“I see it as opportunity. As long as we win, everybody’s looking at us, and we’ll get our chance to shine. That’s all you want,” Davis said.

He just has to stay on the field. Attitude was never an issue, and he proved to coaches last season he had matured following his drug suspension. He has emerged as a leader on a team that has a blend of veterans and young incoming talent.

“Even with all the success he has had, he’s respectful to the coaches, still takes coaching well and just keeps learning,” rookie tight end Jordan Reed said. “And the biggest thing I’ve learned from watching him is just how consistent he is and the confidence that he has in his ability and making plays all the time. That takes a lot of effort, mentally and physically to be able to play on that level consistently like that.”

The Post Sports Live crew debates whether the Redskins defense will be more susceptible to the run or the pass in the first part of the season with injuries to Keenan Robinson and Adam Carriker and Jarvis Jenkins’s four-game suspension. (Post Sports Live)

Davis hasn’t displayed any ill effects from the Achilles’ tendon injury that cost him the final nine games of last season. After having surgery Oct. 23 and spending the winter inching his way back, Davis received clearance to run in the spring. The Redskins held him out of all offseason practices to give him additional time to train and heal, and Davis got the green light last week to practice fully once camp began.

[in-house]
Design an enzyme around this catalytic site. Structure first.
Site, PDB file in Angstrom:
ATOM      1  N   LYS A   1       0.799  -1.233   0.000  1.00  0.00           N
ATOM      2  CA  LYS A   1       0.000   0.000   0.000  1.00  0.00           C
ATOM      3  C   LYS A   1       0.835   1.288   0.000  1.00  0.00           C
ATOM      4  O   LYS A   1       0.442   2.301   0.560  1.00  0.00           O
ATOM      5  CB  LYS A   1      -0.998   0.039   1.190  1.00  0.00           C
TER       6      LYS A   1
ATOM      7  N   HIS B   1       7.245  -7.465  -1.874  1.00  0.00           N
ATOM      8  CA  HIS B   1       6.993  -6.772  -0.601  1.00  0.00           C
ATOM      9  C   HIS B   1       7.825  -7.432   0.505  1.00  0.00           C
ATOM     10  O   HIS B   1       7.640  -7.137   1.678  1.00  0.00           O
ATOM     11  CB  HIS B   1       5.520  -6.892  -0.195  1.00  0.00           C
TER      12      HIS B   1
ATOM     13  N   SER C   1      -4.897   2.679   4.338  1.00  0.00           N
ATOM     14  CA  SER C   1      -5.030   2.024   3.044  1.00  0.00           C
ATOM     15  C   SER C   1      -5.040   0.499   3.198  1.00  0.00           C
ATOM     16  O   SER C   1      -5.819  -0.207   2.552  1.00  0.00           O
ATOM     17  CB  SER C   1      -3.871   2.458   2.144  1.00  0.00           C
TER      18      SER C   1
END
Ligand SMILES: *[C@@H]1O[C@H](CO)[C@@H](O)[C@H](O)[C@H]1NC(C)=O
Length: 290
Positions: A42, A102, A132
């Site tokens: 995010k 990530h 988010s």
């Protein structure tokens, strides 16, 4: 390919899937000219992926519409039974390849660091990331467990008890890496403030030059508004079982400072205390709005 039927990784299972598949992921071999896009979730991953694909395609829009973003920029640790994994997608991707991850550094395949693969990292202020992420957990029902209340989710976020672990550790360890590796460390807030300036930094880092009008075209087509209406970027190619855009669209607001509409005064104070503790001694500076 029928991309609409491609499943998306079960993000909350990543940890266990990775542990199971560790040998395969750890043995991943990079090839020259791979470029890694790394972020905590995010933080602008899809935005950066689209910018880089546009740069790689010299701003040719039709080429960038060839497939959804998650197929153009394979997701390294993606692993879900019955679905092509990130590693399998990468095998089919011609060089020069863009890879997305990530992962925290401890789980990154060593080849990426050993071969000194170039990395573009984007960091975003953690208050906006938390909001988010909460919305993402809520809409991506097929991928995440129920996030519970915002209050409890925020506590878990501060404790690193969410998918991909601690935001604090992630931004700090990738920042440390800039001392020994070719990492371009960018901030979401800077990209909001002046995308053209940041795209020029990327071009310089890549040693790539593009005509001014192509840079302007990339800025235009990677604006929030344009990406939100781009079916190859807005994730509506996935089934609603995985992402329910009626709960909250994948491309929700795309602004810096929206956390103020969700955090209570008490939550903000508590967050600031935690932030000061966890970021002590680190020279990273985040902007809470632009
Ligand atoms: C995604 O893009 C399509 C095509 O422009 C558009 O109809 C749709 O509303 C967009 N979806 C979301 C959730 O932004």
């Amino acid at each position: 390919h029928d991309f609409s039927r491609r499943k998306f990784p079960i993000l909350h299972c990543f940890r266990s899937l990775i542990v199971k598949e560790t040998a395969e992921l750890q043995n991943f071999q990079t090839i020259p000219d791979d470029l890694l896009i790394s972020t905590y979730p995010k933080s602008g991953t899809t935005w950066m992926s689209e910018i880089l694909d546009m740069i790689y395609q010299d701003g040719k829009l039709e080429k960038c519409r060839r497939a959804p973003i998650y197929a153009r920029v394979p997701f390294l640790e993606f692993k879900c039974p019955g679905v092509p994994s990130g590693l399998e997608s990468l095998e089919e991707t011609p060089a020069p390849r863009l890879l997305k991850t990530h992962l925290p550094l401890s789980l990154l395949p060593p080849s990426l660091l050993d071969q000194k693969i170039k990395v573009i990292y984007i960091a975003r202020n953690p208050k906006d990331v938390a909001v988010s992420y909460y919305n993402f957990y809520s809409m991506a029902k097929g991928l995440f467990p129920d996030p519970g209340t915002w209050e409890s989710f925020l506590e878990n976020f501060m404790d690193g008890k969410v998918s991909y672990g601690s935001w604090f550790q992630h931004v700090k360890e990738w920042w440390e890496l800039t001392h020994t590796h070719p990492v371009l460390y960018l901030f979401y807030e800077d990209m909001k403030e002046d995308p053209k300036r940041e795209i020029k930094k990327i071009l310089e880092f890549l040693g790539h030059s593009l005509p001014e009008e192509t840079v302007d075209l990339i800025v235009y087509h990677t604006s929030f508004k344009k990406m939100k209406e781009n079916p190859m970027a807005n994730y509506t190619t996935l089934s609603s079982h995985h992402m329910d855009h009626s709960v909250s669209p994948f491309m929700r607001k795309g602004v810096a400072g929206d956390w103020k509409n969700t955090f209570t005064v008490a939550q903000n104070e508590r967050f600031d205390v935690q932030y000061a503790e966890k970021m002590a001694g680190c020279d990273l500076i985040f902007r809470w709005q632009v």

Six days of practice in, Davis appears to have recaptured his speed and explosiveness. He has run routes without limitation and gotten open, beating coverage by linebackers and safeties.

“He has quickness. He’s a very athletic tight end. He knows how to separate himself and run routes in tight coverage and get the ball,” said rookie safety Bacarri Rambo, who admits covering Davis has proved challenging. “He’s competitive. He makes me a better player covering him. We’ll be out there competing. I enjoy him being out there. He brings the best out of me.”

Davis says he doesn’t feel any pain, soreness or weakness in his Achilles’ tendon and that he hasn’t struggled with conditioning. Redskins Coach Mike Shanahan planned on giving Davis Wednesday off to rest, but Davis declined, saying he wanted to continue working his way back into top form.

Said tight ends coach Sean McVay: “Ever since we came here in 2010 with this staff, he’s a guy that you know is going to come out, work hard and compete, and you can tell he’s just motivated by helping this team win in whatever role he can, and you know he’s going to be successful.”

Mike Jones covers the Washington Redskins for The Washington Post. When not writing about a Redskins development of some kind – which is rare – he can be found screaming and cheering at one of his kids’ softball, baseball, soccer or basketball games.